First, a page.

TOP 8TH -- decent inning
Eckstein was the only baserunner in the inning, and he got aboard via the infield single.

BOTTOM 8TH -- ho, hum
Kevin Gregg comes in and gets Cabrera to fly out, and Edgar and Boone to whiff. Ick.

TOP 9TH -- some damage
Bob Melvin left Madritsch in to try to get the complete game, this despite Madritsch having thrown 116 pitches (there's that forsaken number again) through eight innings. Two pitches later, Vlad singled into centerfield. Two pitches after that, Glaus lined out to Winn. Vlad stole second on the first pitch to Garret, and he scored on the second pitch because Garret singled (SEA 3-1). Madritsch was pulled. I'll give his line later. JJ Putz came in and made it interesting. He got Guillen to whiff, but surrendered a single to Molina and Figgins beat out a grounder in the infield (SEA 3-2). Luckily, Jeff DaVanon came through in the pinch and lined out to Ichiro to end the ballgame.

Well, the Mariners won't be getting swept in this four-game series. In the process, though, they've made things a little more dicey for the Angels in their quest to take the division title from Oakland, since there's no way they're getting the Wild Card.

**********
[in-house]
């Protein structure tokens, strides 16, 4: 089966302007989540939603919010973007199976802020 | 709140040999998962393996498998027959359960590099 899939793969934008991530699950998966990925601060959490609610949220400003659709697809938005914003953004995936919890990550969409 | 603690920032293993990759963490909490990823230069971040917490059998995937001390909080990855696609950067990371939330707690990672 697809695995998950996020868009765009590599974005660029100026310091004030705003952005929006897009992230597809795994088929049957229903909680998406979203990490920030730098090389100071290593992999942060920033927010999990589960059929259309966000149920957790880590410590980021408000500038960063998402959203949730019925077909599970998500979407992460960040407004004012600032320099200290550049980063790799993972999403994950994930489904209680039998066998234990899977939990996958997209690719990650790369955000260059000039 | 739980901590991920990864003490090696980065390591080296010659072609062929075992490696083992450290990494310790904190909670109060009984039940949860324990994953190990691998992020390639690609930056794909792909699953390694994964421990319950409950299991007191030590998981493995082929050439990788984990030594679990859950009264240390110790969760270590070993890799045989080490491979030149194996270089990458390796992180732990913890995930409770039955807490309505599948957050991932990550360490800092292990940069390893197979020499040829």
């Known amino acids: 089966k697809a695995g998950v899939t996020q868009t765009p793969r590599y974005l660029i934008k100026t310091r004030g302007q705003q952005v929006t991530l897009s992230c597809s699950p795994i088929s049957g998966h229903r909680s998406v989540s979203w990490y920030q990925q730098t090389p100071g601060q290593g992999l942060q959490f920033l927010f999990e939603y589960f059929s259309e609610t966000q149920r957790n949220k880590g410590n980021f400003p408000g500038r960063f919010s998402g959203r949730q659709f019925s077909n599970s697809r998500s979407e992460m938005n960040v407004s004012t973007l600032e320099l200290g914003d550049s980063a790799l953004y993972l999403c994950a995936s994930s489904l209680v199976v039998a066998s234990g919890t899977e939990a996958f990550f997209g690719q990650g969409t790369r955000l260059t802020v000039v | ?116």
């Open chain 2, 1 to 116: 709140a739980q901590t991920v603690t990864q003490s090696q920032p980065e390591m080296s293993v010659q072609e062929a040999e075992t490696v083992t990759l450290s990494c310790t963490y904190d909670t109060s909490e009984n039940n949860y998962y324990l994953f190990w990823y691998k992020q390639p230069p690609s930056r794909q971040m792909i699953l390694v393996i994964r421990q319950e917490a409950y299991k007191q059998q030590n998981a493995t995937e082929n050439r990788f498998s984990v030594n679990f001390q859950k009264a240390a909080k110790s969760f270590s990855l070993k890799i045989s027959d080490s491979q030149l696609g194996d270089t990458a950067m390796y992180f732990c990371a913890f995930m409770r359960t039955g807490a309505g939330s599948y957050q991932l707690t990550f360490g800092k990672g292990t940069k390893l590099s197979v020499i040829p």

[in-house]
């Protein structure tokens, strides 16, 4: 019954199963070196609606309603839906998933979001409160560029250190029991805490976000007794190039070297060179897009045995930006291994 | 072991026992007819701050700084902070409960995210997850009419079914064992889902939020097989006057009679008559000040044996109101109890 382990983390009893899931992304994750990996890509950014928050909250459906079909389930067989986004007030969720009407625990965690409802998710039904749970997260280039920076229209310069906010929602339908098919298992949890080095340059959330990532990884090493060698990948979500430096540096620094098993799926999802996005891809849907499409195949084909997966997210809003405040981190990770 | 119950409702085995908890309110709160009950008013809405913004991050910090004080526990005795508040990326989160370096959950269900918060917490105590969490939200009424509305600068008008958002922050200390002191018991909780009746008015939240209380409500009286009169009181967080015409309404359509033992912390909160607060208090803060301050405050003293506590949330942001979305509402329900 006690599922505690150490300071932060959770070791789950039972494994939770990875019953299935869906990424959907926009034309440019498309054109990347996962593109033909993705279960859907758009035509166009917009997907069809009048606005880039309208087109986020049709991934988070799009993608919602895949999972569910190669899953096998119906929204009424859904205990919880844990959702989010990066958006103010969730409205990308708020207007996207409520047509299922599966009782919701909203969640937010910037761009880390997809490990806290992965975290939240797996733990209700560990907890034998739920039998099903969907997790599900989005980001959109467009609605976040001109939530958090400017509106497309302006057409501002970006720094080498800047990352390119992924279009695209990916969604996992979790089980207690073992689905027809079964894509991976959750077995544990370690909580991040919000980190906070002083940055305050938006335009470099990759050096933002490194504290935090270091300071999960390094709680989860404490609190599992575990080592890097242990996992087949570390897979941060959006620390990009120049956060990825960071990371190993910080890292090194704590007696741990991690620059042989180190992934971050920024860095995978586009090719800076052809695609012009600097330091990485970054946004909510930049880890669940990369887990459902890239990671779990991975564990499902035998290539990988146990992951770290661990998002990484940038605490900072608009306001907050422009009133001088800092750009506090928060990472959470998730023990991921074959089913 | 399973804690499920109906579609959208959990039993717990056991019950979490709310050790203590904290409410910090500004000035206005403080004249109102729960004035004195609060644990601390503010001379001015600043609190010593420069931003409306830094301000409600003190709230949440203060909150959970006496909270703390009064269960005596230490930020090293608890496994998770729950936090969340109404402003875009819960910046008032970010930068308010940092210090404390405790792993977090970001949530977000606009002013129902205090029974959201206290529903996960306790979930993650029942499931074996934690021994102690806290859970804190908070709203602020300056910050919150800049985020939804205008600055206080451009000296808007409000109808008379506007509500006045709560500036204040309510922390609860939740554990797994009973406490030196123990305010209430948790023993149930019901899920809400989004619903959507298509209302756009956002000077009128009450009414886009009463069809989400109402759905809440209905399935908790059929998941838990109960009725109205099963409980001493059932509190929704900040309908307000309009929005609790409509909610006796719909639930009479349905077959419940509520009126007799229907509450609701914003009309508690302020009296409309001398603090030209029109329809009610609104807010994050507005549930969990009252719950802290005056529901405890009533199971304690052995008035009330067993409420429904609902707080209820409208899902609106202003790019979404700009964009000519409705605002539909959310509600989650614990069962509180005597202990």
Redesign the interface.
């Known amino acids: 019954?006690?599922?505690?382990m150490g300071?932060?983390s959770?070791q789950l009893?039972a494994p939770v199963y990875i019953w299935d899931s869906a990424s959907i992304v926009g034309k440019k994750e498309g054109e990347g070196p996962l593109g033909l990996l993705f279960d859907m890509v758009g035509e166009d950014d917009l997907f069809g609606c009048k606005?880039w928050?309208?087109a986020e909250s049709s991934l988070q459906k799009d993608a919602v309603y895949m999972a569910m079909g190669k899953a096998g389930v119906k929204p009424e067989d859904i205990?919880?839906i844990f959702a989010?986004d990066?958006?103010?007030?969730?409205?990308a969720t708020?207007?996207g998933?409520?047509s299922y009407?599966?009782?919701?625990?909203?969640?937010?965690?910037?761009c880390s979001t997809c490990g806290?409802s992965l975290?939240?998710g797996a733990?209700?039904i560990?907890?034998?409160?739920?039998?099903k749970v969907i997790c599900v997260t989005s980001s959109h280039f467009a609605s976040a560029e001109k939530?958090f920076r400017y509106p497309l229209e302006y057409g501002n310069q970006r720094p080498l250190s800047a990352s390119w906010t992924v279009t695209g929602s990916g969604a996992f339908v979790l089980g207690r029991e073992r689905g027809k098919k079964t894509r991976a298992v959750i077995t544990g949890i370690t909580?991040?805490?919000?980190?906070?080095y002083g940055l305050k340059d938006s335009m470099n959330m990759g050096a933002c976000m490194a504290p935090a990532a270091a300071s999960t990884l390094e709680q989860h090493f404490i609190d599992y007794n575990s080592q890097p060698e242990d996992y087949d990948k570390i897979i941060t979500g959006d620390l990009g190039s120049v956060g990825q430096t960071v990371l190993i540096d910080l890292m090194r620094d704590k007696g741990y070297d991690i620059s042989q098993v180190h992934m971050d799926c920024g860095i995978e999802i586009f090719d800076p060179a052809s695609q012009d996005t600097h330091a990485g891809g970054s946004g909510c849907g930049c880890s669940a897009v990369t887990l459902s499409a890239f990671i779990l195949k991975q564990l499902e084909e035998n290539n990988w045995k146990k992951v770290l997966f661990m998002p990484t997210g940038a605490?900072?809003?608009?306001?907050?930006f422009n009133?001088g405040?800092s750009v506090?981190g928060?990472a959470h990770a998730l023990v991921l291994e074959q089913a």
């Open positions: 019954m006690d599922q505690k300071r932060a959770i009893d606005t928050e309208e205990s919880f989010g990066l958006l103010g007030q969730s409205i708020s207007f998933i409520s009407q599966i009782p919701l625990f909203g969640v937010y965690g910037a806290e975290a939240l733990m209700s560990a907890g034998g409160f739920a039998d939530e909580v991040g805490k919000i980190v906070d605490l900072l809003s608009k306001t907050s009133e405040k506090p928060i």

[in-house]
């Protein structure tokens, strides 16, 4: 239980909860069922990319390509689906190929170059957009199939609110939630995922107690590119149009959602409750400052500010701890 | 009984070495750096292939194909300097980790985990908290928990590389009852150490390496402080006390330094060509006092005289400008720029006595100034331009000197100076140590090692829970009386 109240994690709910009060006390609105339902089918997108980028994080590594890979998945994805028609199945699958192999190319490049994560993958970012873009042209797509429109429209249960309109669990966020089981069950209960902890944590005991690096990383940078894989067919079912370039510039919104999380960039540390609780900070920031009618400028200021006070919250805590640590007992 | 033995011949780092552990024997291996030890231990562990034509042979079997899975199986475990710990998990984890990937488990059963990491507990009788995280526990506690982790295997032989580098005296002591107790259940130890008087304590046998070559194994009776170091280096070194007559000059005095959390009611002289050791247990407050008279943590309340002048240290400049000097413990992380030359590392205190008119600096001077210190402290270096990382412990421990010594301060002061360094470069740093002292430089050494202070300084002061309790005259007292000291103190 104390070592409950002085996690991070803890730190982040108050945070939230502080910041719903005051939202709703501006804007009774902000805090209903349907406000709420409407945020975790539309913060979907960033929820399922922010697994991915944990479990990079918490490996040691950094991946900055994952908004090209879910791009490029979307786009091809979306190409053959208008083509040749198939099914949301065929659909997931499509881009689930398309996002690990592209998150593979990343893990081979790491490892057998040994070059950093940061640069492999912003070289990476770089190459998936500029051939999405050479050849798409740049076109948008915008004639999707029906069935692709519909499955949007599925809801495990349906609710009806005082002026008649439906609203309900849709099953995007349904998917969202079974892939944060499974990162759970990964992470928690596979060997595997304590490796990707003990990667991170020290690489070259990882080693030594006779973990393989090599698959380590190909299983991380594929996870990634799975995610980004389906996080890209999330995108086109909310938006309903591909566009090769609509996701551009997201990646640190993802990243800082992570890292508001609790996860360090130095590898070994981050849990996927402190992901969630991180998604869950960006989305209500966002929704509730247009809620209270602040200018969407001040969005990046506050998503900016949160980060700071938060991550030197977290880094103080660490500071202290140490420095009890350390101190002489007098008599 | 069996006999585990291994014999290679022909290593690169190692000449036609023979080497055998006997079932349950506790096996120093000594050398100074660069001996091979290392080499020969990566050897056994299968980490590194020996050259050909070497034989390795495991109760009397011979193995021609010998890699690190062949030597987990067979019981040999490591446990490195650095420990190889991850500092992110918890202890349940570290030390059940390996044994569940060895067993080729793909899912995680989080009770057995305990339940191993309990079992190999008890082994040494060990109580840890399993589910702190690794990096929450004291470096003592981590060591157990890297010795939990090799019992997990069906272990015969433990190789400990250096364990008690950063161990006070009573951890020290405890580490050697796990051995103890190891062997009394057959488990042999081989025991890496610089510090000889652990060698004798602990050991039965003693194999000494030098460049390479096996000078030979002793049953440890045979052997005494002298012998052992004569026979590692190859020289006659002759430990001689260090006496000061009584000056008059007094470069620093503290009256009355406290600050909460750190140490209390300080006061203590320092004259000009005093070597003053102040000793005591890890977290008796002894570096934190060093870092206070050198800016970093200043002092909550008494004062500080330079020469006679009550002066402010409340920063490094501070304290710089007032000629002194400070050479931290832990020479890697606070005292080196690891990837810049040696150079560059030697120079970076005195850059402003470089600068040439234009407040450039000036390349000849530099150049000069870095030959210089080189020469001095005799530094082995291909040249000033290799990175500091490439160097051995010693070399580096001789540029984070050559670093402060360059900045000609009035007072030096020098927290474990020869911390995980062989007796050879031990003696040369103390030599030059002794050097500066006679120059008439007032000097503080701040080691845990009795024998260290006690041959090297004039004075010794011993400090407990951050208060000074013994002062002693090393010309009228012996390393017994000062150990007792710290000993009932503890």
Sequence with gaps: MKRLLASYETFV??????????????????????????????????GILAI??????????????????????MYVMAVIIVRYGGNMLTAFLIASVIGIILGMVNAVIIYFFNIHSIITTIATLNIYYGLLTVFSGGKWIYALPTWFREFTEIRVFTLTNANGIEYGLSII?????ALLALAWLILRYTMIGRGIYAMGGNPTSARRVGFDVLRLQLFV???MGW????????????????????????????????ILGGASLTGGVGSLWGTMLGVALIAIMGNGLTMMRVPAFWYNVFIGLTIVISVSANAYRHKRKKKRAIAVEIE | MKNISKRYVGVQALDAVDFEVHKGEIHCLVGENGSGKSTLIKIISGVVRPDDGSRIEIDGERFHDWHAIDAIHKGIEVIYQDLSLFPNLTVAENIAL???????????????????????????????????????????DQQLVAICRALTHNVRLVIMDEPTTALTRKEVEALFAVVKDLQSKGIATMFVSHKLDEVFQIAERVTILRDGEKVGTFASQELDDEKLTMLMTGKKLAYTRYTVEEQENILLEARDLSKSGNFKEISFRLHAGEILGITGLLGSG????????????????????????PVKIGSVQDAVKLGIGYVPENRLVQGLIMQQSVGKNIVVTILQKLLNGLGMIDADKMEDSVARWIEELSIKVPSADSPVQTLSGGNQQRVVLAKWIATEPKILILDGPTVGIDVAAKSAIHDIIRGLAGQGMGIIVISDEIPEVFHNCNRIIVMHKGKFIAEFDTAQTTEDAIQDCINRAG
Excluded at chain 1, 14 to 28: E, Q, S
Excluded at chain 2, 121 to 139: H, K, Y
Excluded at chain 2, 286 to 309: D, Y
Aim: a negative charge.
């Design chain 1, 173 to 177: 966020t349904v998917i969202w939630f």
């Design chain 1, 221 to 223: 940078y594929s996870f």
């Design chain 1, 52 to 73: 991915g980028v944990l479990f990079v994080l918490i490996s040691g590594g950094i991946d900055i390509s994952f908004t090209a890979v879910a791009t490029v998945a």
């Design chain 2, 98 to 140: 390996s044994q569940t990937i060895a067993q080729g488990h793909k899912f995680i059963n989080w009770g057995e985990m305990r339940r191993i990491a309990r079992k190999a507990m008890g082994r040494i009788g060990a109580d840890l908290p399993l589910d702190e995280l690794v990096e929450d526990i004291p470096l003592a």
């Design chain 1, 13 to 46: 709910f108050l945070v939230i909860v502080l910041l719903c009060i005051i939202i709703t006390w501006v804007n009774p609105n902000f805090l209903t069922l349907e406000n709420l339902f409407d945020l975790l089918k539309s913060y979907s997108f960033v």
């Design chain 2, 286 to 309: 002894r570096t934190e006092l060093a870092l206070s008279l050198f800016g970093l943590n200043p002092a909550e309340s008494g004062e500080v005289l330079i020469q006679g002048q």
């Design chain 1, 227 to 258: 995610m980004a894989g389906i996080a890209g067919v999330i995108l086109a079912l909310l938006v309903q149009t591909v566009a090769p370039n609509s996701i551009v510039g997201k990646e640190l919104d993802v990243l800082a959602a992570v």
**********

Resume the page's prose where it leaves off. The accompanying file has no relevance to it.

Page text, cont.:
Gameball: Bobby Madritsch. 8 1/3 innings, 2 runs, 6 hits, 2 walks, 7 strikeouts, 122 pitches (83 strikes). I wouldn't have run him out there for the 9th and he would have had his eight shutout innings. I probably would have pulled him even before that. I think Melvin is trying to work Madritsch and Gil Meche up to where they'll be throwing 160 pitches a game by their final starts of the season.

Goat: Bret Boone. 0-for-4 with two strikeouts. At least the Mariners have that Gold Glove defense back there. By the way, there's probably no way in hell he's winning the Gold Glove this year. If I remember right, there were actually debates in 2002 because Jeff Cirillo (though a crappy hitter) was the best defensive third baseman in the AL, but Eric Chavez won the Gold Glove that year with 17 errors (Cirillo had 9). Anyway, Boone's hitting .249 right now, the same digits you'll find at the end of the 2002 line on recent Jeff Cirillo baseball cards.

Lackey. Franklin. Twelve hours.

By the way, this post was ready before midnight last night, but you can thank the technology gods for not letting it see the light of day until now.